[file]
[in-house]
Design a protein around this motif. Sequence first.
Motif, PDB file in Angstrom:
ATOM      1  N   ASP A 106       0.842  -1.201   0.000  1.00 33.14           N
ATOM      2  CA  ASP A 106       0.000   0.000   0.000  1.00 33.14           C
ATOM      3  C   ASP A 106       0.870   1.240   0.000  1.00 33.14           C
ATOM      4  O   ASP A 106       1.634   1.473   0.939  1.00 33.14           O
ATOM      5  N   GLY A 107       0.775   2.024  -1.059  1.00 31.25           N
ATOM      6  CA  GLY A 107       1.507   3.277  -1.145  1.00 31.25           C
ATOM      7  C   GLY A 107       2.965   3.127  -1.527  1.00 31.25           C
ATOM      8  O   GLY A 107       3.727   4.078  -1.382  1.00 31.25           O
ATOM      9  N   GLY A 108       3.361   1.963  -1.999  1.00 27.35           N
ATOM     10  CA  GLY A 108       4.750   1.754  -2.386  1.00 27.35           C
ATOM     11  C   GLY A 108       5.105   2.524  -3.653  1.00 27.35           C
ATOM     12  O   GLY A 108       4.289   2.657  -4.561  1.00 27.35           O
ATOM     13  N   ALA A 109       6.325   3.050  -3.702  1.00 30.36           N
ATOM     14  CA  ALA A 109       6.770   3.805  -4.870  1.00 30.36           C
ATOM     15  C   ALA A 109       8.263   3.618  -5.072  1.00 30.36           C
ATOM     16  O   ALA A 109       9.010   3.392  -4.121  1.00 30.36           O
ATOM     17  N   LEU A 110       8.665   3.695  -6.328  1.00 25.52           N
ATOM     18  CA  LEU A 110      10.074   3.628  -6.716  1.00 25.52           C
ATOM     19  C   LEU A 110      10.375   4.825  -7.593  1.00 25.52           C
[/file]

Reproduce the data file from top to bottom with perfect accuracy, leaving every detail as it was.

[in-house]
Design a protein around this motif. Sequence first.
Motif, PDB file in Angstrom:
ATOM      1  N   ASP A 106       0.842  -1.201   0.000  1.00 33.14           N
ATOM      2  CA  ASP A 106       0.000   0.000   0.000  1.00 33.14           C
ATOM      3  C   ASP A 106       0.870   1.240   0.000  1.00 33.14           C
ATOM      4  O   ASP A 106       1.634   1.473   0.939  1.00 33.14           O
ATOM      5  N   GLY A 107       0.775   2.024  -1.059  1.00 31.25           N
ATOM      6  CA  GLY A 107       1.507   3.277  -1.145  1.00 31.25           C
ATOM      7  C   GLY A 107       2.965   3.127  -1.527  1.00 31.25           C
ATOM      8  O   GLY A 107       3.727   4.078  -1.382  1.00 31.25           O
ATOM      9  N   GLY A 108       3.361   1.963  -1.999  1.00 27.35           N
ATOM     10  CA  GLY A 108       4.750   1.754  -2.386  1.00 27.35           C
ATOM     11  C   GLY A 108       5.105   2.524  -3.653  1.00 27.35           C
ATOM     12  O   GLY A 108       4.289   2.657  -4.561  1.00 27.35           O
ATOM     13  N   ALA A 109       6.325   3.050  -3.702  1.00 30.36           N
ATOM     14  CA  ALA A 109       6.770   3.805  -4.870  1.00 30.36           C
ATOM     15  C   ALA A 109       8.263   3.618  -5.072  1.00 30.36           C
ATOM     16  O   ALA A 109       9.010   3.392  -4.121  1.00 30.36           O
ATOM     17  N   LEU A 110       8.665   3.695  -6.328  1.00 25.52           N
ATOM     18  CA  LEU A 110      10.074   3.628  -6.716  1.00 25.52           C
ATOM     19  C   LEU A 110      10.375   4.825  -7.593  1.00 25.52           C